This year, Bora will enthral the audience in three plays under Bhagyadevi Theatre, Jonak, Morom Ejak Dhumuha and Dusoku.
“My characters in the three plays are quite challenging. I play a double role in Jonak, which is quite a difficult task in a theatre. It is very exciting that Dusoku has broken the seven-year record on the opening day at Morowa in Nalbari,” Bora added.
A versatile actor, Bora began his tryst with acting in 1989 with Uttarkaal. He entered the mobile theatre scene in 1994 through Hengool.
“When I get a character I look for the demand of the character in the scripts. There should be something new in the content. I always try to do justice to a character,” he said.
Playwright Abhijit Bhattacharjya contributes around 20 plays every year to the vibrant mobile theatre industry in Assam.
Being closely associated with the industry, he understands taste of the audience and has his own notion on mobile theatres. He shares his ideas with Manashree Goswami:
A perceptible change occurred in his life after he penned his first play in the nineties, based on a short story, Samiran Barua Ahi Ase (by Manoj Goswami), for Abahon Theatre. It happened when, one day, he suggested that the producer of the Abahon theatre, Krishna Roy, stage a play based on Samiran Barua Ahi Ase. He suggested names of other eminent playwrights to adapt the story in a play. But Roy’s reply was “Tumi likha (you write)”.
“Those words changed my life unexpectedly and I entered into a world of creative pursuits,” Bhattacharjya said.
Roy’s offer and faith worked wonders on Bhattacharjya and there was no looking back. He started writing plays for Abahon.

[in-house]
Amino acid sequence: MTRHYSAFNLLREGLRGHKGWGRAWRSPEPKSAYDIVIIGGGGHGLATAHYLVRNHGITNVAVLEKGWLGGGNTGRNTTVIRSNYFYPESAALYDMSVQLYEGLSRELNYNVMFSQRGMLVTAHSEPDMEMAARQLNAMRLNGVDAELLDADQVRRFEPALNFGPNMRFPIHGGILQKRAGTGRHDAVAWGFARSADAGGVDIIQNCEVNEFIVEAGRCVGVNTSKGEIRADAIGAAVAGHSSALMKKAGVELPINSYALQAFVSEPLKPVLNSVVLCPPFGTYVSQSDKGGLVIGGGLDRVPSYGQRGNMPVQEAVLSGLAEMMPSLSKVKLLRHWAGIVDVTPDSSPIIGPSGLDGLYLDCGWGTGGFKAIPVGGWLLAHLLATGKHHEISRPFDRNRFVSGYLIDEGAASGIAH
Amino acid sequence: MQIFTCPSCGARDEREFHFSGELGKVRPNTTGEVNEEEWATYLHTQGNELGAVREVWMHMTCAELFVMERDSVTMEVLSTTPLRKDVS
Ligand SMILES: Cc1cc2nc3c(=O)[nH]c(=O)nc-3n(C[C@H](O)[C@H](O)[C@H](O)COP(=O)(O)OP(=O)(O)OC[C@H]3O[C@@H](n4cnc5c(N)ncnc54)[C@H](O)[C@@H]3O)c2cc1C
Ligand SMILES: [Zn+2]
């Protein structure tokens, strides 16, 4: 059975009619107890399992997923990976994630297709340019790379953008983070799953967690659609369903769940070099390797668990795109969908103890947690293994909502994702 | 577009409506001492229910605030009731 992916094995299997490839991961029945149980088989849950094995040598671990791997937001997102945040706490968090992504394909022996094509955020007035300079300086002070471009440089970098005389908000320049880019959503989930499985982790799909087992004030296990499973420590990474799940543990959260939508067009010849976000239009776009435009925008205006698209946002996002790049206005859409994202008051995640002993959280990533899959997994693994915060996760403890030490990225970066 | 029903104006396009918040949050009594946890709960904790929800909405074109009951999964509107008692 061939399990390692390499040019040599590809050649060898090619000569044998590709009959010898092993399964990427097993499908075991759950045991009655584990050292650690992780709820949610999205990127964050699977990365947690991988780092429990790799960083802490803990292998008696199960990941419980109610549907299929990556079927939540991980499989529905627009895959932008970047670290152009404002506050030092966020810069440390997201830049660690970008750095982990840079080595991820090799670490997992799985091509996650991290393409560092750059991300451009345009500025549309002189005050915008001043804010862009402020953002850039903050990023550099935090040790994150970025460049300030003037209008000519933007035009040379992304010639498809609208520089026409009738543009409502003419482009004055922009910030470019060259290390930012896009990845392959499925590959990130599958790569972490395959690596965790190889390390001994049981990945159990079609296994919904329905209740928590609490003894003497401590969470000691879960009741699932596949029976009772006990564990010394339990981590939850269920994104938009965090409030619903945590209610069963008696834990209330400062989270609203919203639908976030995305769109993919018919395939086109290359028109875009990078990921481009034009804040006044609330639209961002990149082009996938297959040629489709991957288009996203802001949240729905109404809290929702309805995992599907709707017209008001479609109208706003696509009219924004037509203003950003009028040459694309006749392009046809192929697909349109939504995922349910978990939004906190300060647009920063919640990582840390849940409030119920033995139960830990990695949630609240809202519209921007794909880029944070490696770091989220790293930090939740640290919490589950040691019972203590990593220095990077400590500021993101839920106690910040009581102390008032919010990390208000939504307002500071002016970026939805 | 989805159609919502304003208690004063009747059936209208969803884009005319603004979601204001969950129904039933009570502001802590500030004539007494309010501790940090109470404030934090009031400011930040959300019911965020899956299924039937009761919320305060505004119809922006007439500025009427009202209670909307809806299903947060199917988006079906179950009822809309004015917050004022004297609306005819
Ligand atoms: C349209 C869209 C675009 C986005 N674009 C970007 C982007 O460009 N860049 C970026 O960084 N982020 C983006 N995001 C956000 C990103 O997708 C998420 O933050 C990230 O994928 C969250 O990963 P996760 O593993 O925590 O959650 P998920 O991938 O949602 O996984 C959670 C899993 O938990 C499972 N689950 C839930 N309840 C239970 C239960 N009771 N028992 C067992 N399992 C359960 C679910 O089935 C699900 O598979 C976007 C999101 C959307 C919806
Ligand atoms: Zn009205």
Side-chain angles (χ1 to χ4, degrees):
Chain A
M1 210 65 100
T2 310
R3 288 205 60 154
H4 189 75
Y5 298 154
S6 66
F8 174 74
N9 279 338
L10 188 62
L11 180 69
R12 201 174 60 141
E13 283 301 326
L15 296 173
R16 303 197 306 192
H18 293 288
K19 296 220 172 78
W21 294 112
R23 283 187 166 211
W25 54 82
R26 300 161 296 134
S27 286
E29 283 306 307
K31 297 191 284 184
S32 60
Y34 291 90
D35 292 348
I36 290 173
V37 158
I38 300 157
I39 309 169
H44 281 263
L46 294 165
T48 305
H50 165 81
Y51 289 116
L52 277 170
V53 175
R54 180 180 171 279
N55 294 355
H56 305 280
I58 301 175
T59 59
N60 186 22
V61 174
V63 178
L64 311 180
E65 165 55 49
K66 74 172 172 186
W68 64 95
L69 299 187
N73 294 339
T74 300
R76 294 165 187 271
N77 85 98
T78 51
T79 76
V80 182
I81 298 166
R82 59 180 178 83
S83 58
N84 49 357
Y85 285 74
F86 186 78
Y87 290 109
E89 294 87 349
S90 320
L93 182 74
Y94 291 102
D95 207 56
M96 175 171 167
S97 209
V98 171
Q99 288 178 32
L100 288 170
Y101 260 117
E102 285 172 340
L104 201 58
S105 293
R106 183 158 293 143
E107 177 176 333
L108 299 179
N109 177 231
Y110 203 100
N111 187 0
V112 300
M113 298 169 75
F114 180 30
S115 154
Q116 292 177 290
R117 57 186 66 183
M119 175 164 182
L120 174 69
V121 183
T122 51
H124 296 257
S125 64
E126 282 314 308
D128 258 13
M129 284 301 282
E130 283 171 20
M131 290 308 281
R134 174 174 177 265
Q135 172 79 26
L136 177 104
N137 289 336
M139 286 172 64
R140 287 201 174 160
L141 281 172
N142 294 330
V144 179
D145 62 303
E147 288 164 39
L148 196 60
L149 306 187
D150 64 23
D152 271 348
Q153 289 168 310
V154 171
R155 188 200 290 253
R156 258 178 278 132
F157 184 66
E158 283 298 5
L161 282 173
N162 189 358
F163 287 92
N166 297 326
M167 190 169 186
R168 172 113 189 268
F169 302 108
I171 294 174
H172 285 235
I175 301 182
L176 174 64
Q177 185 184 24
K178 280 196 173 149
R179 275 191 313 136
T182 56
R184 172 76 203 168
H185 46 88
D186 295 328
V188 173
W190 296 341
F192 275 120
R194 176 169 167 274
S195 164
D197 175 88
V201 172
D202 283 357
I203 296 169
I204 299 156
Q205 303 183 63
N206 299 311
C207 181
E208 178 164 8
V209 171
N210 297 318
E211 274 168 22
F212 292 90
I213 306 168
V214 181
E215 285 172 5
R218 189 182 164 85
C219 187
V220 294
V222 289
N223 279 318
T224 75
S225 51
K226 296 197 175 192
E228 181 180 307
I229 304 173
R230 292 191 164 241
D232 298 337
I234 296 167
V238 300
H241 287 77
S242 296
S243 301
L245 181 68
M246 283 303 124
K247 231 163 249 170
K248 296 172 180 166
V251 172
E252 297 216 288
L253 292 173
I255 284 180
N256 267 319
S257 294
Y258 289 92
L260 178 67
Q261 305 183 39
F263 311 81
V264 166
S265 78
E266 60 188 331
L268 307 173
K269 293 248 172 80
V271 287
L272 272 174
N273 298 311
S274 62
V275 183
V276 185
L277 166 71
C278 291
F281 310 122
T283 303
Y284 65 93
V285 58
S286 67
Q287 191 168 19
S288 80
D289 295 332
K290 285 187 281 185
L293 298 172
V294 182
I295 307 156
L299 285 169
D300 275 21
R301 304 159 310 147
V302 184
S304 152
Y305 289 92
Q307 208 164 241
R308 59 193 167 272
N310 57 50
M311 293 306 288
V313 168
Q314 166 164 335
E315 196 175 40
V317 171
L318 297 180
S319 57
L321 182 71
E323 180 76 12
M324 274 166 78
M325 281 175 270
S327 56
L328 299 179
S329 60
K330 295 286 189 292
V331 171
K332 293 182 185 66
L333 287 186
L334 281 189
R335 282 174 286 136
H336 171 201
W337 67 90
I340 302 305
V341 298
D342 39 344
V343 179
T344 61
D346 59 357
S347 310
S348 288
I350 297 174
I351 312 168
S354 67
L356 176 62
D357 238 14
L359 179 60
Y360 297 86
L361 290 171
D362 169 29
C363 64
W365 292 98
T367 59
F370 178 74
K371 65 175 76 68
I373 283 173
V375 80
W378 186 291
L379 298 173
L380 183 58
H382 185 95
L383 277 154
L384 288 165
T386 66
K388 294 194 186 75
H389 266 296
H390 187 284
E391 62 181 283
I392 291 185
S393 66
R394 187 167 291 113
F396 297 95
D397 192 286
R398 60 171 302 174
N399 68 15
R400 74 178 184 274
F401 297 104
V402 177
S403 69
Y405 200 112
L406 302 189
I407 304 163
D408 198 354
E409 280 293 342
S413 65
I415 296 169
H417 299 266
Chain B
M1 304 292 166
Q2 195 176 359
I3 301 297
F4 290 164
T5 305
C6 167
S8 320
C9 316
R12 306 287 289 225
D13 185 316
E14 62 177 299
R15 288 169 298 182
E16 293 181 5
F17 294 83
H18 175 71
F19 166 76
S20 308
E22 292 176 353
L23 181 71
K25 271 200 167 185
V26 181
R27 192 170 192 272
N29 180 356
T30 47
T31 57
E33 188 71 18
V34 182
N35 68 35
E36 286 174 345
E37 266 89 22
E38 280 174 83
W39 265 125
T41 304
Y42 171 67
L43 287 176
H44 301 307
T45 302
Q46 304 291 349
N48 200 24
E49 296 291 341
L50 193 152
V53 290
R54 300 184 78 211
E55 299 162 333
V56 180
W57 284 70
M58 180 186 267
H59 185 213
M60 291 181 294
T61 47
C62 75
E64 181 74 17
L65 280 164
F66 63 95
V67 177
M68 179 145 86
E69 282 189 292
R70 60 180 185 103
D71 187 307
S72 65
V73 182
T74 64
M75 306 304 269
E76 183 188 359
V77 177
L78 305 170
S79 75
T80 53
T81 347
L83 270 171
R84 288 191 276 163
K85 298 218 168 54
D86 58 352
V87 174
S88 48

“Though I earned brownie points for my work, I feel writing for mobile theatres is a different ball game. You need to keep a plethora of aspects in mind. Initially, I started writing one play every year for Abahon. And, it took me six years to be well versed in the nitty-gritties of mobile theatre.”
Era bator xur, Tej, Majonir monor manuh and Hiyat epahi golap are some of the plays he has written this year.
Bhattacharjya said of late there was a big chasm with few playwrights to meet the growing demand of the industry.
GenX needs to take up writing for mobile theatre. A playwright can earn a decent livelihood these days.
“Standards are high. Earlier, it catered to the rural audience as an effective medium of communication and entertainment. Today, it has an urban audience, thereby doing good business in the city,” he said.
Bhattacharjya said mobile theatre had
become more commercial as a group targeted
a turnover of Rs 2 crore to Rs 3 crore
annually. “But presentations should be appealing to the common man as well as new generations. A touch of modernity is required to keep the industry alive.”
Bhattacharjya said he mostly highlighted human sentiment and emotion in his plays so that the audience could relate to them. “Sometime unconventional topics can add a dash of variety. One of my plays, Bhul nubujiba Bupenda, was based on one of Bhupenda Hazarika’s fans. It was well received. The audience has become conscious and educated.
You cannot hoodwink them with cheap things.”
Bhattacharjya said using technology had an advantage in mobile theatres but it should be limited. “The outcome would not be effective if technology is given much importance.”